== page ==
I can say a lot of things about Theatre40's production of Flare Path that opened this week. One involves the frustration of actually finding the theatre. Really, one has to enter via a parking garage. Another was anticipation at re-visiting a playwright I hadn't thought on for a long time (Terence Rattigan). But mostly I felt curiosity for the subject matter.At first, even the title remained a mystery. As it happens, a flare path consists of lamps laid out on landing strips to help pilots take off and land at night. The story deals with three RAF personnel during WWII, especially their family and friends before, during, then after a night raid. Each character faces the challenge of war, of danger and privation and the gnawing fear of death. They seek some kind of way, some guide with which to make choices. In this light (pardon the pun) the title becomes a perfect metaphor for the story.
Mind you, watching the play (written in 1940 while the author himself served in the RAF) felt a tad disorienting. During the intermission, I realized the presence of color startled me. The whole piece felt from a different era, one I expect to see in black and white.
Shawn Savage) in particular one rather expects to come across as a villain. He's a fading movie star, at the edge of losing his career forever. Trapped in an unhappy marriage, he fell for an actress Patricia (Christine Joelle) who has since married Teddy (Christian Pederson), an RAF pilot. Peter and Patricia have resumed their affair. He wants her to come away with him, insisting not only does he love her but needs her. The war leaves him untouched emotionally, for reasons he frankly admits escape him. When she speaks of "duty" his reaction is to scoff. "What does that mean" he asks? Yet such profound selfishness, such pettiness in midst of privation and war, ultimately inspires pity. This triangle, at the heart of the play, maintains--by writing no less than performance--a series of surprises, each making total sense. Patricia early on seems a subtle tower of strength compared to the men in her life. Her husband in particular seems a good enough chap, very stiff upper lip and full of the right sort of quips for every possible event. Salt of the earth, but shallow don't you know? Until the mask slips, after the raid, when exhausted beyond words he finally has a few moments alone with his wife. He'd even given us a hint earlier, accurately analyzing his wife's "friend" in terms of his being an "actor" but admitting we all put on an act. Seeing the real Teddy--traumatized, desperately lonely, literally sick with terror, fiercely determined to put his duty first--has the precise opposite impact he expects. That revelation echoes into the emotional lives of all around him, even those who never really learn of it.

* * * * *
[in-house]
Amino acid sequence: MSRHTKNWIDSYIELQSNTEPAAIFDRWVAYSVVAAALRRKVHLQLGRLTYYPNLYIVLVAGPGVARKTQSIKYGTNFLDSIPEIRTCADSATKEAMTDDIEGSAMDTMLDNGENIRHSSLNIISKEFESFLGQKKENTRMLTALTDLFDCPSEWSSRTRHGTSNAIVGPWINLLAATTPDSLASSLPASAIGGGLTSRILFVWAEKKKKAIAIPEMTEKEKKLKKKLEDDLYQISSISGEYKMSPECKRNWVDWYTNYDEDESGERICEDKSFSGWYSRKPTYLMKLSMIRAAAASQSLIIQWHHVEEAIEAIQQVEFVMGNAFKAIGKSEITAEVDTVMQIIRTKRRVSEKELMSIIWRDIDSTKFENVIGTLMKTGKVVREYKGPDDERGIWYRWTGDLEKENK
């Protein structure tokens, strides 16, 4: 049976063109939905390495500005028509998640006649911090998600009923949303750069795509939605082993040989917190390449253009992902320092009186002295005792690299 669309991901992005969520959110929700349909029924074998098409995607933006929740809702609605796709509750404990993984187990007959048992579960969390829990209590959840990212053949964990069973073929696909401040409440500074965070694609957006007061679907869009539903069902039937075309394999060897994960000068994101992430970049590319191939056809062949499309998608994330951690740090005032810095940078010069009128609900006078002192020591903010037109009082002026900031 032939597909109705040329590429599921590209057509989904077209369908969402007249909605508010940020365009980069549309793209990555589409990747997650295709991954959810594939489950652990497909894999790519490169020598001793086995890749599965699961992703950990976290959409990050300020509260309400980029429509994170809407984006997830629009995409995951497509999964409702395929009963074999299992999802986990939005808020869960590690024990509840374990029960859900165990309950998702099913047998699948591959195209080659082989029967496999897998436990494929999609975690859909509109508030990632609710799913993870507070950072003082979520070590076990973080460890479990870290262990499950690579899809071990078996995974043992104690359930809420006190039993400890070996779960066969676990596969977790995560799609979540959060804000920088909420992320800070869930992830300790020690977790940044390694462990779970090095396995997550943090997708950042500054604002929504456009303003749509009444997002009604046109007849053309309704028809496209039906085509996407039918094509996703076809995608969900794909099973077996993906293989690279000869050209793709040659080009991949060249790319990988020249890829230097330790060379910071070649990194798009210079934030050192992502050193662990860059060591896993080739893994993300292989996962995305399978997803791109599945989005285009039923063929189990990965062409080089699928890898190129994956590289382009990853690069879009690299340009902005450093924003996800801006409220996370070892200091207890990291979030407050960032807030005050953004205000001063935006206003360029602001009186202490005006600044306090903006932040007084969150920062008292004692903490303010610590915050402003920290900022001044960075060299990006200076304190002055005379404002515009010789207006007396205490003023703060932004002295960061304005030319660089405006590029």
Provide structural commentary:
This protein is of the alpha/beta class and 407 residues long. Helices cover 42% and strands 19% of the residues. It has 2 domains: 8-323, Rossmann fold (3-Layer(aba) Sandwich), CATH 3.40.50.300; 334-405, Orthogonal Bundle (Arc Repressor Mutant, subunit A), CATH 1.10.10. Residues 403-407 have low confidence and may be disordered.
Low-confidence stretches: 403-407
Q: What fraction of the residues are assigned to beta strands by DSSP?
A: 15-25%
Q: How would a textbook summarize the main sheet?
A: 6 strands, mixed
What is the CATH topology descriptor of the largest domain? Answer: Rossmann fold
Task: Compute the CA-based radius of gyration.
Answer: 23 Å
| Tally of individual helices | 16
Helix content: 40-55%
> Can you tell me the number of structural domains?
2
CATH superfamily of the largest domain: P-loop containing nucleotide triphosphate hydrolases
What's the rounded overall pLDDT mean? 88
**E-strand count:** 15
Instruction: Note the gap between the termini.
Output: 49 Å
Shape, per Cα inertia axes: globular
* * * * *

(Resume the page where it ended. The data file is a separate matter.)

Michele Young) and some extremely effective sound design (Joseph "Sloe" Slawinski). Along with the cast I'm very impressed with the way everyone handled the dialects (kudos to Stuart James Galbraith), although to be brutally frank Karl Czerwonka did sound rather more Italian to my ear than Polish (not that I know much of what Polish sound like). But the relationship between him and his Countess Doris (Alison Blanchard) rings very true, an important thread and rhythm in the story.
The third RAF couple consists of Dusty (Caleb Slavens) and Maude (Annalee Scott), who really should in theory come across as the most stereotypical lower class Londoners but instead seem totally humane, totally real and individual. Rattigan's writing does this, but also so do the actors! Bottom line--I was moved by an extremely well-crafted play performed and executed by a very good cast and crew. Do I have any criticisms? A few, minor quibbles really. I did feel the whole show could use turning up half a notch. Granted, the whole very English thing of keeping powerful emotions under wrap tends to trip up most American actors, at least in my experience. But that is probably the only real critique I have to offer--namely that in theory it could possibly be better. Well, I can think of only two productions I've seen EVER where those words didn't apply (for the record--Les Liaisons Dangereuses on Broadway with Alan Rickman in the 1980s, and Our Class at the Son of Semele here in LA). Personally, I'm left hoping to see more from Theatre40, having so thoroughly enjoyed this one.
Flare Path plays Friday, Saturday and Monday evenings at 8pm, Sundays at 2pm until December 15, 2014. The show is at Reuban Cordova Theatre on the campus of Beverly Hills High School (pay close attention to this last link because finding the theatre is very tricky). Tickets can be purchased here or by calling (310) 364-0535.